The Telecom Regulatory Authority of India (TRAI) on Monday capped the duration of advertisements on television at 12 minutes per hour, a climb-down from its recommendation in March this year of just six minutes of advertising an hour.
The ads in the clock hour shall include all types of commercials including those promoting the TV channel itself. The regulatory body also held that any shortfall in ad duration in a clock hour cannot be carried over by the broadcaster. Further, ad breaks during live broadcast of sporting events have to coincide with breaks in the sporting action, says an order termed 'standards of quality of service regulations 2012'.
The minimum time gap between consecutive ad breaks is 15 minutes, except in movie channels, where it has to be 30 minutes. Broadcasters can also only display full-screen ads on television. Part-screen or drop-down ads will not be permitted, the regulator said. Besides, the audio levels of advertisements on a channel should not be higher than those of the programmes being telecast.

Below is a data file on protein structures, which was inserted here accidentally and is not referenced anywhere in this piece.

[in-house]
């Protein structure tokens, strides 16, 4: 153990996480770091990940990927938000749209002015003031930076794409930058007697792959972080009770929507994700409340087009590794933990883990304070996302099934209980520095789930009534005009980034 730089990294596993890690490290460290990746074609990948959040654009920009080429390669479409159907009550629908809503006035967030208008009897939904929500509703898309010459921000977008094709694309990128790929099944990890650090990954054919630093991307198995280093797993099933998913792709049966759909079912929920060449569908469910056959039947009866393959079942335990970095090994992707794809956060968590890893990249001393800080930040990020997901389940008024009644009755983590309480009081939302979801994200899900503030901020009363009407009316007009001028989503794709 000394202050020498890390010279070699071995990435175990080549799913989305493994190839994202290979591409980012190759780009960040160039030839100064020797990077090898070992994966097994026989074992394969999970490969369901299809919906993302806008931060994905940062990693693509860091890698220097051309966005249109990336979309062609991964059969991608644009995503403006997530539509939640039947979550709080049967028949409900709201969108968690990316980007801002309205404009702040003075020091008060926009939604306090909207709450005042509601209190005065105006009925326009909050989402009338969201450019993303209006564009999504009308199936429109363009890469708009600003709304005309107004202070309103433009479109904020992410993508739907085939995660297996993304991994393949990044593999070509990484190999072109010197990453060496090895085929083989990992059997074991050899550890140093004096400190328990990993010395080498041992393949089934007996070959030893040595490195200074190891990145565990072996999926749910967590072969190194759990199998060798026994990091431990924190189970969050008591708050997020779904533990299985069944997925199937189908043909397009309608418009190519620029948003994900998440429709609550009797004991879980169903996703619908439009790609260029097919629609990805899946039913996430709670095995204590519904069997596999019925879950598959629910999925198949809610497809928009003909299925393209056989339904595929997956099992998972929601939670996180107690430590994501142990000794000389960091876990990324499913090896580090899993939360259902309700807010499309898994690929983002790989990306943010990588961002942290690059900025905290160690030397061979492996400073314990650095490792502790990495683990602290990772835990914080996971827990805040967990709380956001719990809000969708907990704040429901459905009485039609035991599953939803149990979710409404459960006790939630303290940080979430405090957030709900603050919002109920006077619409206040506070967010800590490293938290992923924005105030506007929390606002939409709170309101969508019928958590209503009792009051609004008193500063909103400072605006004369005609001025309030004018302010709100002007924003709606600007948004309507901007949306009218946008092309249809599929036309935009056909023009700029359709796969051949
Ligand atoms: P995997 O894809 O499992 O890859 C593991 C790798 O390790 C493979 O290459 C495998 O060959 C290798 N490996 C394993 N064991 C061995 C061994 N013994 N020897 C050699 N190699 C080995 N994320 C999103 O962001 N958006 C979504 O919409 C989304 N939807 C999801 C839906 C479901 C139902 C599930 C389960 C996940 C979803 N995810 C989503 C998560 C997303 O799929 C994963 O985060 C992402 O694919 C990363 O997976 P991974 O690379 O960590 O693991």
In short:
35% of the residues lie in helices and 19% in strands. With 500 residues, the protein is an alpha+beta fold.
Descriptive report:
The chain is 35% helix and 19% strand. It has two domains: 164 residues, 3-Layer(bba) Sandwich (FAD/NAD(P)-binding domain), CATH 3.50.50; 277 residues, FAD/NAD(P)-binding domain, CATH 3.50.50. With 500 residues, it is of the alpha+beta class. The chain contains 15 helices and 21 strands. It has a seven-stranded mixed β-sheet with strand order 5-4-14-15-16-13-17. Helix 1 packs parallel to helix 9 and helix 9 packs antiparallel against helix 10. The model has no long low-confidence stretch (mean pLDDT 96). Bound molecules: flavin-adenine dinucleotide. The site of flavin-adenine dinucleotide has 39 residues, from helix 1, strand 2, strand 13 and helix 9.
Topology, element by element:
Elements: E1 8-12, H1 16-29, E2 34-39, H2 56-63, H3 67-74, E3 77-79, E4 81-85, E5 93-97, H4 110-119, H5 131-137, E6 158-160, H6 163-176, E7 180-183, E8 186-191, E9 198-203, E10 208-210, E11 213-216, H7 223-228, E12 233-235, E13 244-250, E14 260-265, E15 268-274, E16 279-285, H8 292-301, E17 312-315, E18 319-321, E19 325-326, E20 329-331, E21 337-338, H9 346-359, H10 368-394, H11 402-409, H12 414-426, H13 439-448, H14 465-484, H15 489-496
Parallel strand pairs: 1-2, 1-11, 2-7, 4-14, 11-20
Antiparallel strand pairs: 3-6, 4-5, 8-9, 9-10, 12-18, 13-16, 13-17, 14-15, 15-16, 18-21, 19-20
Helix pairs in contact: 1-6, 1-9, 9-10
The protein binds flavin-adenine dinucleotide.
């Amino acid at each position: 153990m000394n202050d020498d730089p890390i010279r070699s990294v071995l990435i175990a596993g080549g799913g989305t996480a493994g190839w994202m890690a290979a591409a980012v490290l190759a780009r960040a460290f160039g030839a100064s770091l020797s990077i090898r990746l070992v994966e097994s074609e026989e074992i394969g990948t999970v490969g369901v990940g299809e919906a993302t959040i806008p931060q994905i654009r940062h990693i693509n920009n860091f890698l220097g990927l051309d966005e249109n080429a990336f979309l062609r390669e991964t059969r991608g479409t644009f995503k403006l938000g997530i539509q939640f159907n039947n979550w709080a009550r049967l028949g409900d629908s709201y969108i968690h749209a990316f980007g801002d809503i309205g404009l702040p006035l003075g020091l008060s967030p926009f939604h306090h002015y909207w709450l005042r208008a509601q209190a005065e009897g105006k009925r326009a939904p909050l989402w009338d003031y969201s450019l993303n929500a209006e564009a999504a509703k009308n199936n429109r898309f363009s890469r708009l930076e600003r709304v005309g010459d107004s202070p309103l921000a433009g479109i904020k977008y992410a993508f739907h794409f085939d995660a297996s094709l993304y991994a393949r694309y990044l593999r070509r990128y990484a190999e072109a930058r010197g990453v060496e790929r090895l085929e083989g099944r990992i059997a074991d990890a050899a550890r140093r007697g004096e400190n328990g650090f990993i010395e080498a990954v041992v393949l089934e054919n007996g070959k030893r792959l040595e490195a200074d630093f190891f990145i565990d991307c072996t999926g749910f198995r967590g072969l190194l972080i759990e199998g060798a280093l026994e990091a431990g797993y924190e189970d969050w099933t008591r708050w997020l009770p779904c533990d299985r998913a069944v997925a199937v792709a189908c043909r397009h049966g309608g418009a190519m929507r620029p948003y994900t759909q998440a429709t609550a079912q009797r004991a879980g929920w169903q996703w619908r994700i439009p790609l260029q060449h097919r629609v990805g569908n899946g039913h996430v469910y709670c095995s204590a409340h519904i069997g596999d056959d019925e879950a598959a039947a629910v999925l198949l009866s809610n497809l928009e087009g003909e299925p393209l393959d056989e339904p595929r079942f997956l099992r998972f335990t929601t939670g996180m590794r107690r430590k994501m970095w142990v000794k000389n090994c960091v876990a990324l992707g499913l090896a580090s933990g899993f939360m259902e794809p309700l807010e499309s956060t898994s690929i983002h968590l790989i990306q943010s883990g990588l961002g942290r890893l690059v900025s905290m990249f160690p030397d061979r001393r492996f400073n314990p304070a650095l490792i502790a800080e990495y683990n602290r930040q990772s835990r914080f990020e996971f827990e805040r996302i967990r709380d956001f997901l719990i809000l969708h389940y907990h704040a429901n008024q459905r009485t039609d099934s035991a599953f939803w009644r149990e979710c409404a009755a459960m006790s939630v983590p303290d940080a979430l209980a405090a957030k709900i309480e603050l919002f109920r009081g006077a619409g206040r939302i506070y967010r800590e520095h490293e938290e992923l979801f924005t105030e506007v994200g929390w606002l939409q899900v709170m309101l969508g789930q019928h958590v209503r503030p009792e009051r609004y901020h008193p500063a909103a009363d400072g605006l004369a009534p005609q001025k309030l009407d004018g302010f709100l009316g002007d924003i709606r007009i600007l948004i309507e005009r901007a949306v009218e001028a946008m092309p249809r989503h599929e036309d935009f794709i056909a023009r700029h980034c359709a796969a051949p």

The regulations are bound to lead to protests from TV channels, as they (including news channels) are against any curtailment of their liberty to cram programmes with limitless ads.
Several major publications (most of which also own TV channels) have also come out strongly against the move, claiming it would bankrupt broadcasters. Commentators say newspapers are constantly touting themselves as keepers of democracy and champions of liberal values, but are quick to react with sharp editorials and angled stories when their own interests are in any way threatened.
Viewers on the other hand will welcome any prospect of curtailment in the advertising. They have long been subjected to a level of advertising that has rendered TV programmes, including 'live' broadcast of cricket and other sports programmes, virtually unwatchable. Several viewers say they have stopped watching sports TV, despite a liking for cricket, tennis, and other sports.